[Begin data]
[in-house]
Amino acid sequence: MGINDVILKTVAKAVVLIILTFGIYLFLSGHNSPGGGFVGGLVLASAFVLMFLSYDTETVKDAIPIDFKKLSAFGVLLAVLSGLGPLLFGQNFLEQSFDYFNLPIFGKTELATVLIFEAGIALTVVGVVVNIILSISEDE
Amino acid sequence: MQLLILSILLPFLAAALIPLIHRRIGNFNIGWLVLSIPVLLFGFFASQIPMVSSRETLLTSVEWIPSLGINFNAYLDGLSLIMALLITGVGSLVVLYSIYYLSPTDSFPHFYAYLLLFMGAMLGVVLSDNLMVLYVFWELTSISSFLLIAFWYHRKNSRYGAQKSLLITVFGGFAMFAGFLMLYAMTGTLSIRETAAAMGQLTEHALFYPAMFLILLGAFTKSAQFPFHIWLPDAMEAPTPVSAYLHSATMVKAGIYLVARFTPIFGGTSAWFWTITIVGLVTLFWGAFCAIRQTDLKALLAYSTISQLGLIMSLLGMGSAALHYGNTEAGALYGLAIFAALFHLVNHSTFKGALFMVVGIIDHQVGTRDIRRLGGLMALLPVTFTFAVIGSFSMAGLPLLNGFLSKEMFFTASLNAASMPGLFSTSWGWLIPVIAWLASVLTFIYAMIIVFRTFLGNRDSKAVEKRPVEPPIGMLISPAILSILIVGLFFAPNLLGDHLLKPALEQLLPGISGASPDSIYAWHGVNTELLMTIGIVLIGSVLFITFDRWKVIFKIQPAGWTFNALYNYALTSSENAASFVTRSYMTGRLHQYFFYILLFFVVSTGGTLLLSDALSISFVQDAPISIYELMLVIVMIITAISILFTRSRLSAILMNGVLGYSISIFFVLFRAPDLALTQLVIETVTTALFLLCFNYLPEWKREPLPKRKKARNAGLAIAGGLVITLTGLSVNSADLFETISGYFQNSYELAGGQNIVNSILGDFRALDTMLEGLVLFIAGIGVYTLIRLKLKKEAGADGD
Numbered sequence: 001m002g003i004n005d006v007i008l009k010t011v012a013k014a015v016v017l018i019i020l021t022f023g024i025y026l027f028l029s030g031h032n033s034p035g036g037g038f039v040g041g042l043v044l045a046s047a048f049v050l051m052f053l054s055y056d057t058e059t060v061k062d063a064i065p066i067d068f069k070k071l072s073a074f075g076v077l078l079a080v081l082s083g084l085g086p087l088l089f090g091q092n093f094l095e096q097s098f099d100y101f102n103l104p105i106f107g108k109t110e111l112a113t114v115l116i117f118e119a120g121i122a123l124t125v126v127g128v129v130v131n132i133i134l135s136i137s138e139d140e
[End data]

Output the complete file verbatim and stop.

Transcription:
[in-house]
Amino acid sequence: MGINDVILKTVAKAVVLIILTFGIYLFLSGHNSPGGGFVGGLVLASAFVLMFLSYDTETVKDAIPIDFKKLSAFGVLLAVLSGLGPLLFGQNFLEQSFDYFNLPIFGKTELATVLIFEAGIALTVVGVVVNIILSISEDE
Amino acid sequence: MQLLILSILLPFLAAALIPLIHRRIGNFNIGWLVLSIPVLLFGFFASQIPMVSSRETLLTSVEWIPSLGINFNAYLDGLSLIMALLITGVGSLVVLYSIYYLSPTDSFPHFYAYLLLFMGAMLGVVLSDNLMVLYVFWELTSISSFLLIAFWYHRKNSRYGAQKSLLITVFGGFAMFAGFLMLYAMTGTLSIRETAAAMGQLTEHALFYPAMFLILLGAFTKSAQFPFHIWLPDAMEAPTPVSAYLHSATMVKAGIYLVARFTPIFGGTSAWFWTITIVGLVTLFWGAFCAIRQTDLKALLAYSTISQLGLIMSLLGMGSAALHYGNTEAGALYGLAIFAALFHLVNHSTFKGALFMVVGIIDHQVGTRDIRRLGGLMALLPVTFTFAVIGSFSMAGLPLLNGFLSKEMFFTASLNAASMPGLFSTSWGWLIPVIAWLASVLTFIYAMIIVFRTFLGNRDSKAVEKRPVEPPIGMLISPAILSILIVGLFFAPNLLGDHLLKPALEQLLPGISGASPDSIYAWHGVNTELLMTIGIVLIGSVLFITFDRWKVIFKIQPAGWTFNALYNYALTSSENAASFVTRSYMTGRLHQYFFYILLFFVVSTGGTLLLSDALSISFVQDAPISIYELMLVIVMIITAISILFTRSRLSAILMNGVLGYSISIFFVLFRAPDLALTQLVIETVTTALFLLCFNYLPEWKREPLPKRKKARNAGLAIAGGLVITLTGLSVNSADLFETISGYFQNSYELAGGQNIVNSILGDFRALDTMLEGLVLFIAGIGVYTLIRLKLKKEAGADGD
Numbered sequence: 001m002g003i004n005d006v007i008l009k010t011v012a013k014a015v016v017l018i019i020l021t022f023g024i025y026l027f028l029s030g031h032n033s034p035g036g037g038f039v040g041g042l043v044l045a046s047a048f049v050l051m052f053l054s055y056d057t058e059t060v061k062d063a064i065p066i067d068f069k070k071l072s073a074f075g076v077l078l079a080v081l082s083g084l085g086p087l088l089f090g091q092n093f094l095e096q097s098f099d100y101f102n103l104p105i106f107g108k109t110e111l112a113t114v115l116i117f118e119a120g121i122a123l124t125v126v127g128v129v130v131n132i133i134l135s136i137s138e139d140e